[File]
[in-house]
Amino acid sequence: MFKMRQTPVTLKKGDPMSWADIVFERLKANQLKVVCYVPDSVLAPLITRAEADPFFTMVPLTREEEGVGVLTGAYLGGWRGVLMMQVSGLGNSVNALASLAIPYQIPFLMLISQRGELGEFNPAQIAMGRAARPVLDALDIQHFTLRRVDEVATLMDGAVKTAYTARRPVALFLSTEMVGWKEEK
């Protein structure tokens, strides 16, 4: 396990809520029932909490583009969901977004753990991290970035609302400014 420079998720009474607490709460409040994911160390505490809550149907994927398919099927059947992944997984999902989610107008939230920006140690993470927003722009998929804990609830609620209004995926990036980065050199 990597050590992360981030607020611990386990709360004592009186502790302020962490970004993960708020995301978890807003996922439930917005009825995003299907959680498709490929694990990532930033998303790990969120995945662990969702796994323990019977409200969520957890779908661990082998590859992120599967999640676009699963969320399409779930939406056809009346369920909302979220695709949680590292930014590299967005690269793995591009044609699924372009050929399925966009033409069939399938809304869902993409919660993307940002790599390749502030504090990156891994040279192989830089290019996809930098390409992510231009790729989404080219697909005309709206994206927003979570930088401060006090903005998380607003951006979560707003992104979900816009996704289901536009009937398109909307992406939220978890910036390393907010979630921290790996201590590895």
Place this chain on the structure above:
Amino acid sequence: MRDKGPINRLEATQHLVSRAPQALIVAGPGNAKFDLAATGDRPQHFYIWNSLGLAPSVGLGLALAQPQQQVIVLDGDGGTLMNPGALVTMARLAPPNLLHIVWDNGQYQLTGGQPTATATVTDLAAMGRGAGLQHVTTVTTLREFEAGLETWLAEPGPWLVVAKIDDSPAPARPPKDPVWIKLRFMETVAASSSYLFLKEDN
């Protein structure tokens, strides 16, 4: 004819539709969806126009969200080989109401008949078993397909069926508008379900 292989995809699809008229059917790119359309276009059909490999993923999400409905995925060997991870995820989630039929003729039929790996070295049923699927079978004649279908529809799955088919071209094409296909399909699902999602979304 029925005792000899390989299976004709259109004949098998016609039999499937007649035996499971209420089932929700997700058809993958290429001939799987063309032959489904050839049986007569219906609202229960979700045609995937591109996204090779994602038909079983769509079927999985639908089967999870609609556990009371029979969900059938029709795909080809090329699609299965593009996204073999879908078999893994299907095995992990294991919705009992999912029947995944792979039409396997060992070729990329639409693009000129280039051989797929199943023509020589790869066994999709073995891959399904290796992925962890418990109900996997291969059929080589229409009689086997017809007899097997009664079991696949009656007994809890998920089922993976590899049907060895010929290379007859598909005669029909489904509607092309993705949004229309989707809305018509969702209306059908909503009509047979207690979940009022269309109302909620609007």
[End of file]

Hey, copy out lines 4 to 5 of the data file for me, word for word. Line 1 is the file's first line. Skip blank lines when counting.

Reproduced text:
Place this chain on the structure above:
Amino acid sequence: MRDKGPINRLEATQHLVSRAPQALIVAGPGNAKFDLAATGDRPQHFYIWNSLGLAPSVGLGLALAQPQQQVIVLDGDGGTLMNPGALVTMARLAPPNLLHIVWDNGQYQLTGGQPTATATVTDLAAMGRGAGLQHVTTVTTLREFEAGLETWLAEPGPWLVVAKIDDSPAPARPPKDPVWIKLRFMETVAASSSYLFLKEDN